One of the most missed nightspots in Weymouth has to be the Malibu Club.

The Malibu and the integral Weymouth Arms were part of resort nightlife since the club opened in 1981.

The Malibu, in Upper Bond Street, burst on to the local nightlife scene when it opened in a blaze of lights in December 1981.

Its exotic tropical theme decorations included everything from palm trees to a disco on the site off Bond Street and it quickly carved itself out a reputation for innovation.

It became the town's first split-level nightclub when a ground floor disco opened a year later and the Malibu hit the headlines in April 1983 when it became the first bar in the town to sell draught milk.

The club was offered the chance to sell milk through a joint project by the Milk Marketing Board and Unigate.

Dorset Echo: Milk on sale at the Malibu Club in Weymouth. May 1983.Milk on sale at the Malibu Club in Weymouth. May 1983.

At the time, Unigate's Weymouth wholesale manager, Mr Ray Shepherd, said: "There is a growing demand there for milk in pubs.

"We are finding outlets in many different places, ranging from pubs and clubs to colleges and universities."

The club did a lot of charity work with the then Weymouth and District Hospital's Radio Shambles as well as holding many discos for good causes, ranging from Live Aid to the Save the Children Fund, Help the Aged and Cancer Research.

In 1996 the Malibu became the first Weymouth nightspot to join the internet system, broadcasting information worldwide by computer and even launching its own internet club about events, attractions and club offers.

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Sadly Malibu owner Phil Scott decided to close the club for the final time in 2001 after more than 20 years in the town.

Mr Scott said the pressure of other business commitments meant he and his wife, Shirley, had decided to sell-up and sever their links with the town.

Many of you have fond memories of the Malibu. It was know to playing disco-funk music while the second disco in the split-level club, the Malibu Beach Bar, offered different pop music.

The Malibu also hit the headlines when a Dixieland jazz club started up there.

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Formed by a group of local musicians who call themselves the Memphis Jazzmen. The members of the band were Ken Vick, Steve Peach, Tom Connor, Peter Wilson, Ken Pearce and Clive Ashley.

And singing with the jazzmen was then 18-year-old barmaid Tanya Borthwick, who proved an instant hit.

Tanya, the daughter of Dickie Borthwick, who went on to become Britain's oldest footballer, who ran the popular Weymouth dance band The Soundblenders, earned her tilt at fame with a timely, tuneful ditty.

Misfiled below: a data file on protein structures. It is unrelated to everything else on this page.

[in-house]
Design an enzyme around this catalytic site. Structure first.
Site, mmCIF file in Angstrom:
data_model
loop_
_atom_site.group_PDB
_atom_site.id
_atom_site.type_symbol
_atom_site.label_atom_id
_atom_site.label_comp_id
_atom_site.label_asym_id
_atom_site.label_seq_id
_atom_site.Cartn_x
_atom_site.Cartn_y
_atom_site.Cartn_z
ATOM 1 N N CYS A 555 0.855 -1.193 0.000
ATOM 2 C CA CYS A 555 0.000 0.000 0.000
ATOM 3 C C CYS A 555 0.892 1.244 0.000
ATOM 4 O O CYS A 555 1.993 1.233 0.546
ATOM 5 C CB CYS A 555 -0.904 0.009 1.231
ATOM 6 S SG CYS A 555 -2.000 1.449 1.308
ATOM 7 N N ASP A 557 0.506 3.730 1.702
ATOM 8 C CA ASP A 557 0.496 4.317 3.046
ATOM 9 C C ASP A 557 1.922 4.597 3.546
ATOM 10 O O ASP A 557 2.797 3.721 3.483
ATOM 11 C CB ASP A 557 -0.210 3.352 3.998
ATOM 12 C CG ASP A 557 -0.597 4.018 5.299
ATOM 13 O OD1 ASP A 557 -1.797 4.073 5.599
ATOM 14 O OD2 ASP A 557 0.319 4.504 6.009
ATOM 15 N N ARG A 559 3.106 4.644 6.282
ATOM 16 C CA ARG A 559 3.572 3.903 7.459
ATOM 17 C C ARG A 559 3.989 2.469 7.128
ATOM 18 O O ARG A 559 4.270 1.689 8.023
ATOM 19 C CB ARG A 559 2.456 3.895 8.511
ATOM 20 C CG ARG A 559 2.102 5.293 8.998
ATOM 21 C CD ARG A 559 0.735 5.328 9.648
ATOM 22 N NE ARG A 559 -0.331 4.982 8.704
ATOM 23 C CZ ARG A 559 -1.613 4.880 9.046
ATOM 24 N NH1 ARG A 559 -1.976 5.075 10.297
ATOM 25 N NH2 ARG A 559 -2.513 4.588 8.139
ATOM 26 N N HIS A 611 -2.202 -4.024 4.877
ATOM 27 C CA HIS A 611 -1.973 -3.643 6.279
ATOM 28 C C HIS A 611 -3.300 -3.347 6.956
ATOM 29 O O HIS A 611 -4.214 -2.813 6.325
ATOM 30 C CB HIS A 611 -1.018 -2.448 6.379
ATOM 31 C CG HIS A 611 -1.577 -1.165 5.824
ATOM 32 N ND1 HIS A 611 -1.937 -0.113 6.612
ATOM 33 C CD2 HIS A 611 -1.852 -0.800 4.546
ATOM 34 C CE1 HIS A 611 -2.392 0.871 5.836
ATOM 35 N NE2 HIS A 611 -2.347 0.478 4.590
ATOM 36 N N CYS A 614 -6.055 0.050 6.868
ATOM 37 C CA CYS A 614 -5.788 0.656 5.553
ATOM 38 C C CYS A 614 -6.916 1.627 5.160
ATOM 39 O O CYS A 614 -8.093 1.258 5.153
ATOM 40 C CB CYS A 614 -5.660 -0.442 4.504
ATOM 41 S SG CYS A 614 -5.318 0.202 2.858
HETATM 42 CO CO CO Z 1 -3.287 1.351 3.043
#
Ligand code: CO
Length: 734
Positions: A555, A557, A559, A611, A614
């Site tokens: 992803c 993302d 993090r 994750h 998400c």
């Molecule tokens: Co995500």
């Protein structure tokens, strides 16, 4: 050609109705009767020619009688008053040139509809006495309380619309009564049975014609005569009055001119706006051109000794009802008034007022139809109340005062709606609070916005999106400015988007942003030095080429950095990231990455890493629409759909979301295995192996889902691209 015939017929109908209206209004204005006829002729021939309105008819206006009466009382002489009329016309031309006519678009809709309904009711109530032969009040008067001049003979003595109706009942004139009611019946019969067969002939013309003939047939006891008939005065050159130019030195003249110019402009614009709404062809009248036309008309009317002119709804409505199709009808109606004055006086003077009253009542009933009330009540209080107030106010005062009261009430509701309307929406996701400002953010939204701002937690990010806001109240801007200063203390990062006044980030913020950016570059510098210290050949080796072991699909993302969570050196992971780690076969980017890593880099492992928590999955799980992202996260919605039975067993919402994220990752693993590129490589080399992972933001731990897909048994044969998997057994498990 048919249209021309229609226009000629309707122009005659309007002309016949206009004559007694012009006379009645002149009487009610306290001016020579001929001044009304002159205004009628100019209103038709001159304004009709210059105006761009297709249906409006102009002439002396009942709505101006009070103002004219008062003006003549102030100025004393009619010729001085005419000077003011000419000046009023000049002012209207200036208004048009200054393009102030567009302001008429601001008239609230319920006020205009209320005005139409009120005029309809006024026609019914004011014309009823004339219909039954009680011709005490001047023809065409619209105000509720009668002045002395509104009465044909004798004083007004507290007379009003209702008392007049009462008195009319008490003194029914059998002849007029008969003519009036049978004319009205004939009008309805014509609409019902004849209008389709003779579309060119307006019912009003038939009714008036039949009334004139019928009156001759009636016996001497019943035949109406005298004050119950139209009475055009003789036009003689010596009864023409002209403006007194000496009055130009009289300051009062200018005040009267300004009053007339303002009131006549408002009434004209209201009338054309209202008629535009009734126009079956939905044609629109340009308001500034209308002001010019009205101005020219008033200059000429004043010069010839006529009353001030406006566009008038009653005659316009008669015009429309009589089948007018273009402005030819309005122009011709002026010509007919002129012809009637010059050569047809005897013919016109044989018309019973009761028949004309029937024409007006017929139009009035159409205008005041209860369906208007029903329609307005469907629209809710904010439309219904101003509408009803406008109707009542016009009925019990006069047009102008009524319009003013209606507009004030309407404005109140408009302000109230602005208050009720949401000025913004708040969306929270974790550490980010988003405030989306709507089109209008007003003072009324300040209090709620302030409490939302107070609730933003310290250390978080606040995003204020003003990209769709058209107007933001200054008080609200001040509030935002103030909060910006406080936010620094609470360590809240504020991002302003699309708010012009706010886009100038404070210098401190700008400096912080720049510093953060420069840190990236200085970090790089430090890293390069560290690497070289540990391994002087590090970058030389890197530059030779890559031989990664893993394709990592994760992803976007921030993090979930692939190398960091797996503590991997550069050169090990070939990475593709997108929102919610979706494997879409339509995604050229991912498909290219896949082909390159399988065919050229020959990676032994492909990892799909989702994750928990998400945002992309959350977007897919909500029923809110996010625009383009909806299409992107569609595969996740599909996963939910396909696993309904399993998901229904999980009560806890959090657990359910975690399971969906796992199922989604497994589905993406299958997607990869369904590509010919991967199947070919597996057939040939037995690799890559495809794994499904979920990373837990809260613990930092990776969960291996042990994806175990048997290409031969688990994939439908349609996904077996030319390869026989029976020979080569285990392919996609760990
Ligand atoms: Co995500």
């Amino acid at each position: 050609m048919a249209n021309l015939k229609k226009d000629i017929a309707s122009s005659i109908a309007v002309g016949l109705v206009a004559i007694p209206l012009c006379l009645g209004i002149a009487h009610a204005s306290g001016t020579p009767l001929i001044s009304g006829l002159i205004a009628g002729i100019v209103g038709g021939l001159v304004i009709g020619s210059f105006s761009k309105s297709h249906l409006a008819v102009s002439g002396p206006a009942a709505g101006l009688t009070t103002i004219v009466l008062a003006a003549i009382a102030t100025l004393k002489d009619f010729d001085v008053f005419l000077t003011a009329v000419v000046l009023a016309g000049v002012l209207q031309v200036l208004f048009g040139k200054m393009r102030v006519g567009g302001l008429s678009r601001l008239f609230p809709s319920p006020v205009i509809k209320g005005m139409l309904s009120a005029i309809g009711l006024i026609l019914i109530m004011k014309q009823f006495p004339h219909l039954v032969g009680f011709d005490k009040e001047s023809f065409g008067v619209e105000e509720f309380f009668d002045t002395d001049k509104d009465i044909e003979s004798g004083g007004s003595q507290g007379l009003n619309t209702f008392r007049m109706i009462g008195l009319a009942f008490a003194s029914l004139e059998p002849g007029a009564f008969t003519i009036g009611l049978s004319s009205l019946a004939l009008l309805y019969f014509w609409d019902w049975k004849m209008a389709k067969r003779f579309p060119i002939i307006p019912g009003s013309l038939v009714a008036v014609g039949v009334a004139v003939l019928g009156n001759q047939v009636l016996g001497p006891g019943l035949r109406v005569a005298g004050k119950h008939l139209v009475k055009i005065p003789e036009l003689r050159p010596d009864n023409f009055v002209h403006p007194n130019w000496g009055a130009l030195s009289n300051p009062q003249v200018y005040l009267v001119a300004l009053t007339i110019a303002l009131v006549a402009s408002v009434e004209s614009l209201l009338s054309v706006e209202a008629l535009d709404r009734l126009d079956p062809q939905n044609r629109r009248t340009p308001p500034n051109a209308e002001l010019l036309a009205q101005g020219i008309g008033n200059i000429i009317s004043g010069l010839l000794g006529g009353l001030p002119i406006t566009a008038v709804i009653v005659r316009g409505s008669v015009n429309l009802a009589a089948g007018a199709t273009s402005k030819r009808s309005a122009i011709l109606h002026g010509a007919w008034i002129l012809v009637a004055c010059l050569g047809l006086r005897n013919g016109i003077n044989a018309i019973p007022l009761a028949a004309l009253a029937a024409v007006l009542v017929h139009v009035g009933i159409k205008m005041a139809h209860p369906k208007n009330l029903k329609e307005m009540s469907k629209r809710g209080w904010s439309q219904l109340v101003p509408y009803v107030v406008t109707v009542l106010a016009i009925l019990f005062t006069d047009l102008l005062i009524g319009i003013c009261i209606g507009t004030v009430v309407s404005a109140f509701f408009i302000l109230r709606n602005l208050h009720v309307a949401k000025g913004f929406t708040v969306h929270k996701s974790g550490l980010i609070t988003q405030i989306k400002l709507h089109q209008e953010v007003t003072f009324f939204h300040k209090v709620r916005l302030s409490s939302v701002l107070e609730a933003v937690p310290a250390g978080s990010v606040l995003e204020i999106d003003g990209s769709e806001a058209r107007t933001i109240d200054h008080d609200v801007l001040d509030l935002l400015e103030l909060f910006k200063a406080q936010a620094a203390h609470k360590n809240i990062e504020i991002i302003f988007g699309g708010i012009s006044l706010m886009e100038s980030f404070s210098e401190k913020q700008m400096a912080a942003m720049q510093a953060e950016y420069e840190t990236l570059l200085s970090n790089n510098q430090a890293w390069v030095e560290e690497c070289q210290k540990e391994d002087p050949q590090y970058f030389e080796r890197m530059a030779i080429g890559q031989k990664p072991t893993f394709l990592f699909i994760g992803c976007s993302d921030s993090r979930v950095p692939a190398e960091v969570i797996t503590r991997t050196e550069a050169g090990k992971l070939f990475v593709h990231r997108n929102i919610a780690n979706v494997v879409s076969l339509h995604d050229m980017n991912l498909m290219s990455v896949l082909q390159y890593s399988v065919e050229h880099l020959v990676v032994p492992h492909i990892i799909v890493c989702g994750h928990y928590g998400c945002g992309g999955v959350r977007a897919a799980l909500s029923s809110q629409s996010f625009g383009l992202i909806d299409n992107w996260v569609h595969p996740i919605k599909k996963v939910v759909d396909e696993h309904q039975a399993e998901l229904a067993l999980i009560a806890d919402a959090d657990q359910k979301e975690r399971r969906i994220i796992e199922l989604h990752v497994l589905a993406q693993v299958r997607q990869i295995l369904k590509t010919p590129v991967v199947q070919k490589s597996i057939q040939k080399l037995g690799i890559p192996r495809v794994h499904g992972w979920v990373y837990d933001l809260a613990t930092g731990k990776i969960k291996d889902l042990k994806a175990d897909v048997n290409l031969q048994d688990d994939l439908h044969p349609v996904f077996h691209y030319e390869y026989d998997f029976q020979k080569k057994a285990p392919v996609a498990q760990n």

“As a barmaid at the club I help call time,” she explained.

“The previous week I decided to do so by singing: “I’m Tired and I Want To Go Home”.

Her melodic hint was picked up by the band leader Tom Connor.

Jo Thomas used to work at Malibu. She writes: "Malibu and Milk was a popular drink back in the 80s. I worked there back in '87, it was a lot of fun. There was a great bunch that worked there. I used to work in the Weymouth bars downstairs until 10pm and then go upstairs till 2am."

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And Jo Brewer remembers Malibu as 'having lots of mirrors' and 'falling down the stairs'.

Elaine Convey tells us that Malibu has little silver keyrings for memberships.

It seems as though falling down the stairs at the club was a common occurrence. Sadie Johnson writes: "I had my 21st birthday party there. Someone ended up in the pond and there was lots of falling down the stairs."

"I worked there in the 80s with Philip as manager," Ali Elrick writes. "I remember the great times outside of work. The Sunday beach volleyball using the nets the doormen ‘borrowed’ from HMS Osprey, and the skinny dipping after the club closed. Great times!"

Barry Runyeard tells us: "I remember most people watching themselves dancing in front of the ceiling to floor mirrors!"

And Marie-Louise Harris says: "I remember the pond and hearing the door men saying 'green green' into their radios. Lots of laughter and going to see the hypnotist there."

The last word should surely go to Zoe Marshall: "I worked there. I started on New Year's Eve, 1998. The Scotts owned the place. I loved working there. They were a great bunch of people to work for and with."